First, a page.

So there's the list of things I have concerns about.

Six years ago, the company declared they wouldn't speak to CNet reporters for about a year because they posted as much of Eric Schmidt's personal info as they could find through the search engine. Yeah, for attempting to astroturf a Streisand effect against Google's Chairman, they earned that.


Ah. I see how it works now. Google indexes every single public tidbit of information about someone. But then they punish you if you actually use their search engine to find it and use it in a report. Seems a bit hypocritical of them if you ask me.

And besides, Eric Schmidt was CEO of one of the largest companies in the world. That makes him a person of public interest and he should expect that people are going to publish any information they can find out about him.

Reply Score: 2

BallmerKnowsBest Member since:
2008-06-02

Google in general is a walled garden. It's the largest walled garden on the Internet.


That must be why you can't access GMail accounts through IMAP, or Google Talk accounts through Jabber, or Google Calendar through CalDAV... oh wait.

Google wants to collect every possible tidbit of information about you that they can for their own commercial interests. But they aren't going to share it with others. That makes it a walled garden.


Wait, WHAT? You'd prefer if they DID share that information freely?

Reply Score: 3

molnarcs Member since:
2005-09-10

What the f are you talking about. Google+ is the antithesis of Facebook in this regard. Just posted on ./

http://tech.slashdot.org/story/11/06/29/1315243/Google-Takeout-Lets...

Reply Score: 3

modmans2ndcoming Member since:
2005-11-09

walled gardens are bad for users. Users just don't know it yet....just like people don't know a lot of things are actually bad for them.

Reply Score: 5

pantheraleo Member since:
2007-03-07

walled gardens are bad for users. Users just don't know it yet....just like people don't know a lot of things are actually bad for them.


Ok. You go ahead and continue to think that way. Go ahead and continue to naively believe that privacy isn't important, and it doesn't matter who gets access to your information, your random thoughts, etc. But don't come crying to me when it gets you in trouble some day.

Reply Score: 2

No it isnt Member since:
2005-11-14

As I said before, you're crazy. Certified insane. The walled garden of Facebook doesn't protect your privacy.

Reply Score: 2

tomcat Member since:
2006-01-06

walled gardens are bad for users. Users just don't know it yet....just like people don't know a lot of things are actually bad for them.


How, exactly, are walled gardens bad for users?

Reply Score: 2

modmans2ndcoming Member since:
2005-11-09

Because you end up relying on a single vendor for services. Because standards are ignored. because a single data breach means you are screwed.

Reply Score: 2

pantheraleo Member since:
2007-03-07

Because you end up relying on a single vendor for services. Because standards are ignored. because a single data breach means you are screwed.


If Google ever had a data breach and someone made off with all the information Google has about you in the profile they build about you, you are probably worse than screwed.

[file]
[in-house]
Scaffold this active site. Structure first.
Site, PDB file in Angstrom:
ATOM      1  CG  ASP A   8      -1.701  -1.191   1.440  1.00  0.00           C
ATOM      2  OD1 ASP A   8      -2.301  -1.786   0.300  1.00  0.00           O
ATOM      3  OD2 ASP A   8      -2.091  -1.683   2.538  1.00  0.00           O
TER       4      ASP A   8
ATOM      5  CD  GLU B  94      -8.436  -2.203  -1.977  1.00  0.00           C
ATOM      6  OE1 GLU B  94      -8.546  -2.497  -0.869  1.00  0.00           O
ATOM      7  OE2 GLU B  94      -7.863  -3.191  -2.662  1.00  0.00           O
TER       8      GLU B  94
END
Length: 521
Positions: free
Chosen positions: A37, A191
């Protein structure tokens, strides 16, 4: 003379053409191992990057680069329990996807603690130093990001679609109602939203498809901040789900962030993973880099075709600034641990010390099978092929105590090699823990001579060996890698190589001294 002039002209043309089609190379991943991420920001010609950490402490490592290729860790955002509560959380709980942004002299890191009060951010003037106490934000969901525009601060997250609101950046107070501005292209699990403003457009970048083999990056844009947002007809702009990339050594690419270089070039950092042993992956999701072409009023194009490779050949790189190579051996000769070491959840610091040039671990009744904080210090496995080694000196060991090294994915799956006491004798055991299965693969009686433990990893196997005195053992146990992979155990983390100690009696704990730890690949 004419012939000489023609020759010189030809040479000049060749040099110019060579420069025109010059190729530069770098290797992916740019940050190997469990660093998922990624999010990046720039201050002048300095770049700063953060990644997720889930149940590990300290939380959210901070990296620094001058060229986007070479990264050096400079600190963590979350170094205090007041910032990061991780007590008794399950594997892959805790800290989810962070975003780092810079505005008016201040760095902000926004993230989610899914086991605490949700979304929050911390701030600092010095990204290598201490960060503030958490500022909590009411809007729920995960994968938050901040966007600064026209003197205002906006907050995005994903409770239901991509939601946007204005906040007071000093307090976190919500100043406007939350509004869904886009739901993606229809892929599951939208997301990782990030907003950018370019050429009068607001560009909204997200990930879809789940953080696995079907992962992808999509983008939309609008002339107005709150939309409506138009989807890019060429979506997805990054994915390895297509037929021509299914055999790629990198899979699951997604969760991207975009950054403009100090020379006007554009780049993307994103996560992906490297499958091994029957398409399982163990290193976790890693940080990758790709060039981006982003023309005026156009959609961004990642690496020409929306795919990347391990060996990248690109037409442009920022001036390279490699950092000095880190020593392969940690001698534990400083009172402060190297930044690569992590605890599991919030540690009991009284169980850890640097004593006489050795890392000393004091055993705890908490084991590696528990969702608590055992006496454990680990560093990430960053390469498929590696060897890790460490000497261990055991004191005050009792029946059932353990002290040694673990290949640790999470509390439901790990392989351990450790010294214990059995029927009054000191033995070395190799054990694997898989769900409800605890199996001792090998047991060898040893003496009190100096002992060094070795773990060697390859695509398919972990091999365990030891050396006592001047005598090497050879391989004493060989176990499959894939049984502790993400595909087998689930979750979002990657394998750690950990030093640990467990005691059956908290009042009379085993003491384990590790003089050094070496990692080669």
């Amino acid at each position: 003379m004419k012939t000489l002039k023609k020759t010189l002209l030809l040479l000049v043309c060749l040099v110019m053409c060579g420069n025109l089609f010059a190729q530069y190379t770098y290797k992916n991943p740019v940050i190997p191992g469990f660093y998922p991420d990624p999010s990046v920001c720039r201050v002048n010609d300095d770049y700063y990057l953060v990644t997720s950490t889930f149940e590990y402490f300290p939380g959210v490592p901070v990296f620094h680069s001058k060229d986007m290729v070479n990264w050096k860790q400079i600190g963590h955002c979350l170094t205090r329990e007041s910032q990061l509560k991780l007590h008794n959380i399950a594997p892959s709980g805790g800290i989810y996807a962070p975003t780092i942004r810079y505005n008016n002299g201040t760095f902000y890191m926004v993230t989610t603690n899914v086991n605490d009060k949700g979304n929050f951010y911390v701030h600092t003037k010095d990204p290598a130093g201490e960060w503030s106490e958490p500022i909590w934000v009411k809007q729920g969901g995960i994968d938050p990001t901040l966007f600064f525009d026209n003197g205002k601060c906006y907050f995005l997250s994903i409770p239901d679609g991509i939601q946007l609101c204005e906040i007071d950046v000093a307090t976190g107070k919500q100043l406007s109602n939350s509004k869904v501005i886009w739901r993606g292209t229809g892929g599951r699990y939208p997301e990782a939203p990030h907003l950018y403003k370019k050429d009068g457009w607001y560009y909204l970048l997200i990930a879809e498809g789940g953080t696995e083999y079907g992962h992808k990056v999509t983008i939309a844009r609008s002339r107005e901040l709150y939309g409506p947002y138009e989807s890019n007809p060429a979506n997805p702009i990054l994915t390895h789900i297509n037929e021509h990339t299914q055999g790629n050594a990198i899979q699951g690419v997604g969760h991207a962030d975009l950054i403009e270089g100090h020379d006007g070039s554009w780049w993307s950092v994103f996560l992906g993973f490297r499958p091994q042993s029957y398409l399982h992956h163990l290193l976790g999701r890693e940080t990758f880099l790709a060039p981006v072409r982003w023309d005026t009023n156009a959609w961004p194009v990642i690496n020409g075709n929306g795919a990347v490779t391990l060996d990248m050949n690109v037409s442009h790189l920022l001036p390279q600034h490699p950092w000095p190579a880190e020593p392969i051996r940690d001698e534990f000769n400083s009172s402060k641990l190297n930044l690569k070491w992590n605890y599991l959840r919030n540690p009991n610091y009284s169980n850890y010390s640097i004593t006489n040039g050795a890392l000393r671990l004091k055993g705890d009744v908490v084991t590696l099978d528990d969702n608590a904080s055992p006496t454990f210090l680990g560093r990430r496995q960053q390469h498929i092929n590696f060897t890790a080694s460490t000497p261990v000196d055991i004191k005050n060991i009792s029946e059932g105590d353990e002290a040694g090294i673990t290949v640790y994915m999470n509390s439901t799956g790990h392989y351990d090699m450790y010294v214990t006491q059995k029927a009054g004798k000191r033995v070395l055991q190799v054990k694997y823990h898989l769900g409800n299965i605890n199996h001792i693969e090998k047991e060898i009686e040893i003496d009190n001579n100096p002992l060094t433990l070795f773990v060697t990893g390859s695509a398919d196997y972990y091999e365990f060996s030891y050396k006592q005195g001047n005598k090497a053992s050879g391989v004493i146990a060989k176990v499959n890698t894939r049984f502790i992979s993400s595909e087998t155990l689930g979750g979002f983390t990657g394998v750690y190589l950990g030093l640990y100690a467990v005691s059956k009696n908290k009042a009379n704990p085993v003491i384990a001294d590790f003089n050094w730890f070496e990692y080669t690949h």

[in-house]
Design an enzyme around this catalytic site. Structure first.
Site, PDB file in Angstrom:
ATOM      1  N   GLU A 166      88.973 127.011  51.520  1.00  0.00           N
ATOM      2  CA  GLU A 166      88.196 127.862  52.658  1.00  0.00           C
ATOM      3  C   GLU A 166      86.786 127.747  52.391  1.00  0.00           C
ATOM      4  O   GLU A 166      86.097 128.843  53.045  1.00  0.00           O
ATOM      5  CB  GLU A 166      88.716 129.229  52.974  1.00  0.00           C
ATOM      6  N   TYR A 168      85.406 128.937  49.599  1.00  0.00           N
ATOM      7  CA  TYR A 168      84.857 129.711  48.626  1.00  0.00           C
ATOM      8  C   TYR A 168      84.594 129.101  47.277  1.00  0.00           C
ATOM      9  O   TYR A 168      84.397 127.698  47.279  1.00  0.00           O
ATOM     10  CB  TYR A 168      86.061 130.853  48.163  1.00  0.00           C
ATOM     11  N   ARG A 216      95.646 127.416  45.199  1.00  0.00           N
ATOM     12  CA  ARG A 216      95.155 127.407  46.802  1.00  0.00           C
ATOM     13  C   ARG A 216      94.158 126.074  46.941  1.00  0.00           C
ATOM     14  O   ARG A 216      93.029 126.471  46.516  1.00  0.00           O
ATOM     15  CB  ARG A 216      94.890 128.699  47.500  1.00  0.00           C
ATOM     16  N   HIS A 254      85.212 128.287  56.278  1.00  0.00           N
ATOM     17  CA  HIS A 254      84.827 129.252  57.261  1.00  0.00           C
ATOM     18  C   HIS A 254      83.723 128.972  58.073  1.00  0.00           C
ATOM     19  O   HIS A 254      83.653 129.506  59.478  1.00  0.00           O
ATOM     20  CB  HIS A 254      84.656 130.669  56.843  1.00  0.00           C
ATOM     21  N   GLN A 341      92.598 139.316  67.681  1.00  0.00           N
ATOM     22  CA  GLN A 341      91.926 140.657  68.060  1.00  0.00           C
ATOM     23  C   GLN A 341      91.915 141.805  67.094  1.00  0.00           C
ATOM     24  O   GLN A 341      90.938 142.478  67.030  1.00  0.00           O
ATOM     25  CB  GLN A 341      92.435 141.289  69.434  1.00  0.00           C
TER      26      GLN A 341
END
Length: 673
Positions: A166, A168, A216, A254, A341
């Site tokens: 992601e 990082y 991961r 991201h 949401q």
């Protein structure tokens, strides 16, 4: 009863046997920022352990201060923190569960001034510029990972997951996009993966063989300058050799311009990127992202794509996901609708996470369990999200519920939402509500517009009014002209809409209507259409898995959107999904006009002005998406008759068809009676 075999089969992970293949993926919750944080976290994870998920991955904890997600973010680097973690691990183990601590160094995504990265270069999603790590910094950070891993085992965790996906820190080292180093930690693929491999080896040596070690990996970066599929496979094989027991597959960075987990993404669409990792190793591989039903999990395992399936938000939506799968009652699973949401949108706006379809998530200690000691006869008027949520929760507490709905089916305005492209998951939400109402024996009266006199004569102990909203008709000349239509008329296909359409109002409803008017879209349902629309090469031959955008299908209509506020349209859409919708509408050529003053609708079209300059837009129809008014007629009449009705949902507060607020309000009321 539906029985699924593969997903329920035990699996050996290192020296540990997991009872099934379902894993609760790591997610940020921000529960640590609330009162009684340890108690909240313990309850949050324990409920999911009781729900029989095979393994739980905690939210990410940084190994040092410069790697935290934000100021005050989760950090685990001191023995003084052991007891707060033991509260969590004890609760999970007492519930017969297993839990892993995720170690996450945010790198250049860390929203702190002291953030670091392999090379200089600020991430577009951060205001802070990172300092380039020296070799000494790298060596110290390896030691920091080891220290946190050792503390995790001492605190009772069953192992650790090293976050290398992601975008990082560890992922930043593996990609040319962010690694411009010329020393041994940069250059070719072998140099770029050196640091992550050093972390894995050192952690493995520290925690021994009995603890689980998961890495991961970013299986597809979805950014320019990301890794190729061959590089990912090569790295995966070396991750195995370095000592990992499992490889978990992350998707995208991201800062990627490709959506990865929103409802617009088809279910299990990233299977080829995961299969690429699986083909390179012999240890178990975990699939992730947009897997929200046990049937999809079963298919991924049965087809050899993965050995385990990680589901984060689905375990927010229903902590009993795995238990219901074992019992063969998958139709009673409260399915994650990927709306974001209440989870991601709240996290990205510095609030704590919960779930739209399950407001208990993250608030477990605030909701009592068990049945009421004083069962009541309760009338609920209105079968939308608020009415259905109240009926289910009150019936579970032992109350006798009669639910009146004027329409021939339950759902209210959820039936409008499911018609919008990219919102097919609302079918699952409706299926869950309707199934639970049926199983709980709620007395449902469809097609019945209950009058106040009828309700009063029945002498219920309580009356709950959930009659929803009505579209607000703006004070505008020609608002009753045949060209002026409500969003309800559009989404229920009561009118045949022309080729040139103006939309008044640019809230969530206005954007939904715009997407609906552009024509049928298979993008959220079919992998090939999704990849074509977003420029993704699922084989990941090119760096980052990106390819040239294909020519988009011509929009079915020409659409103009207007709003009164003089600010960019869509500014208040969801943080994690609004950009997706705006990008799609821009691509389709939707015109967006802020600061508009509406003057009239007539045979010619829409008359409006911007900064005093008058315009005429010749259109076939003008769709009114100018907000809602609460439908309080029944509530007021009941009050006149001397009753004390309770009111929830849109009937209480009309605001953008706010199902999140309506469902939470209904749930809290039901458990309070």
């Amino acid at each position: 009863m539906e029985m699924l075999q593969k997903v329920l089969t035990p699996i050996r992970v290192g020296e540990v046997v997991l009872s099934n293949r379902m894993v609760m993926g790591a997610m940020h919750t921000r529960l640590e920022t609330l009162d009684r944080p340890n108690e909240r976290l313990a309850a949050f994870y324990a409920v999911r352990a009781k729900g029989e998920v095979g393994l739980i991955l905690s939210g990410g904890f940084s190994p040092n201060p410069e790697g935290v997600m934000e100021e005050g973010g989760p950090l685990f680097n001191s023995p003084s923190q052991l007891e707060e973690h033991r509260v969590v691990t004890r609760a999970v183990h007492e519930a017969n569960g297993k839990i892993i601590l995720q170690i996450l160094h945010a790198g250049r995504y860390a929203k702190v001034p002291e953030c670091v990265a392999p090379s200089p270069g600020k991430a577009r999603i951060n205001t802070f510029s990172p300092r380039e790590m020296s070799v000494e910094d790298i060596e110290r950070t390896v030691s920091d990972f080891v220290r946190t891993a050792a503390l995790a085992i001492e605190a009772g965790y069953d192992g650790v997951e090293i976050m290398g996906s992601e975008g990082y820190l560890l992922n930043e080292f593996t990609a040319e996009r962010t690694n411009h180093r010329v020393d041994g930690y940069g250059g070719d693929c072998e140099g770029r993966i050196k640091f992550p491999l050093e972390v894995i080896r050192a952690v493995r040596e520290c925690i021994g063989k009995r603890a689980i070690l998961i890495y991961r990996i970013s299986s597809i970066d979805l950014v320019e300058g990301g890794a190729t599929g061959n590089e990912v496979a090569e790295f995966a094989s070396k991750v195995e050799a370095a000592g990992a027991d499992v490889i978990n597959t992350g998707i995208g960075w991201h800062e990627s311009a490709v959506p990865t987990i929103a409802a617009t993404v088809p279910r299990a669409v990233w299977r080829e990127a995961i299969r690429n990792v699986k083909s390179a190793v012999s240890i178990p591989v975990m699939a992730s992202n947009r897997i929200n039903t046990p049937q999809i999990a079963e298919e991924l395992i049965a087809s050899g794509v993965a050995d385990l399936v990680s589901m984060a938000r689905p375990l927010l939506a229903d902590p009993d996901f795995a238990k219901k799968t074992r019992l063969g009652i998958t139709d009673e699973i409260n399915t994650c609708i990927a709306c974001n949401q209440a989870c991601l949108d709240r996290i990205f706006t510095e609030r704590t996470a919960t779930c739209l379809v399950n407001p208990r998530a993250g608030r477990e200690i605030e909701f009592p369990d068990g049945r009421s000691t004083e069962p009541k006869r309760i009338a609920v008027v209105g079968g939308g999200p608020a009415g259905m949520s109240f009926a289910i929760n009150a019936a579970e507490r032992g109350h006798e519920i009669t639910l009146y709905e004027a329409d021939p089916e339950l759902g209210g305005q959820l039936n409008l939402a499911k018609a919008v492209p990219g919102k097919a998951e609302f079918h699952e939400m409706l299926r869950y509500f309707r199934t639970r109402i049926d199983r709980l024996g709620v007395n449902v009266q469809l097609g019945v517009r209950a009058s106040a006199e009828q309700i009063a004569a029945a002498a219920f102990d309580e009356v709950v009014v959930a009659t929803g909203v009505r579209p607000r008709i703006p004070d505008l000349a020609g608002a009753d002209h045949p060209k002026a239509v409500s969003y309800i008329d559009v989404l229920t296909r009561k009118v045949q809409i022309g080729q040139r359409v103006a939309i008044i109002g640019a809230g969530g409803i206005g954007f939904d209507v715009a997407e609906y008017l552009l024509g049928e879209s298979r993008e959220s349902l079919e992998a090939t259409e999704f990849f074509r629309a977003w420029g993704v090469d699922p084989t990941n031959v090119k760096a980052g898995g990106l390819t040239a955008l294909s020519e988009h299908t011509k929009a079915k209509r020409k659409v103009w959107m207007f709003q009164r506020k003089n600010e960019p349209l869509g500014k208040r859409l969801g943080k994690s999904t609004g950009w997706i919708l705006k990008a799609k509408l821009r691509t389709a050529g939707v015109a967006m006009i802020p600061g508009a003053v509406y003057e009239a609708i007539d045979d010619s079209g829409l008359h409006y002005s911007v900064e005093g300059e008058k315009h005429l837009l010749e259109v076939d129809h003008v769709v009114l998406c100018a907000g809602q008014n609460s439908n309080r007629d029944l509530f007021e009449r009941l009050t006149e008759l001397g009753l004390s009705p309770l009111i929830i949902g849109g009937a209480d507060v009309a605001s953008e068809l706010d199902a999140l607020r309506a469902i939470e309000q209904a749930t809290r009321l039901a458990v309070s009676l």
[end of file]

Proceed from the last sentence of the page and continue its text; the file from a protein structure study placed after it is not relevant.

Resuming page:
Edited 2011-07-01 02:31 UTC

Reply Score: 2

smitty Member since:
2005-10-13

If Google ever had a data breach and someone made off with all the information Google has about you in the profile they build about you, you are probably worse than screwed.

It's all anonymized.

Reply Score: 2

pantheraleo Member since:
2007-03-07

It's all anonymized.


No, it's not. If it were, they would not be able to link your profile to you and targeted advertising would not work.

Reply Score: 2

modmans2ndcoming Member since:
2005-11-09

profile linking is one thing... I do not keep much personal data on Google or Facebook, but Facebook has the ability to hold a lot more personal data than Google... and Facebook leaks your data to third party vendors for cash where as Google does not leak it.

Reply Score: 2

invite for dsale on Ebay
by unclefester on Wed 29th Jun 2011 09:23 UTC
unclefester
Member since:
2007-01-13

There is an invite for sale on Ebay. It's already reached $113 with another 9 days to go!

http://www.ebay.com.au/itm/Google-plus-Early-Field-Trial-Invite-Exc...

Reply Score: 3

Google slows
by IndigoJo on Wed 29th Jun 2011 13:23 UTC
IndigoJo
Member since:
2005-07-06

Am I the only one who finds that Google is slow and prone to random failures? I've got Chrome on both of my Linux systems and when doing my APT updates, the Chrome repo update takes much longer than all the Ubuntu and Launchpad updates combined. I've had Google-based services take ages to load, or simply failing to load. It's not as bad as it was a few months ago, and nowhere near as bad as wordpress.com, but it still gets bad. They shouldn't be expanding their services until they sort their capacity problems out.

Reply Score: 2

Randall Munroe says it best...
by FunkyELF on Wed 29th Jun 2011 13:29 UTC
FunkyELF
Member since:
2006-07-26

http://xkcd.com/918/

In case you're on a mobile browser and can't "hover over" for the extra text.... here it is....

"On one hand, you'll never be able to convince your parents to switch. On the other hand, you'll never be able to convince your parents to switch!"

Reply Score: 2

RE: Randall Munroe says it best...
by atriq on Wed 29th Jun 2011 20:52 UTC in reply to "Randall Munroe says it best..."
atriq Member since:
2007-10-18

In case you're on a mobile browser and can't "hover over" for the extra text.... here it is....
http://m.xkcd.com/

Reply Score: 1

News Corp run scared!
by Adurbe on Wed 29th Jun 2011 21:20 UTC
Adurbe
Member since:
2005-07-06

MySpace sold to Specific Media by Murdoch's News Corp at an estimated loss of $500m.. OUCH!
http://www.bbc.co.uk/news/business-13969338

Interesting timing in the announcement though.

p.s. I am well aware this deal would have taken months and wasnt a knee-jerk reaction by Rupert

Reply Score: 2

sounds cool.
by graig on Sun 3rd Jul 2011 06:23 UTC
graig
Member since:
2010-09-18

cool sounds interesting. wheres the iphone app? people will just use facebook if google doesn't make an app for every phone os. facebook is on all the phones.

Reply Score: 1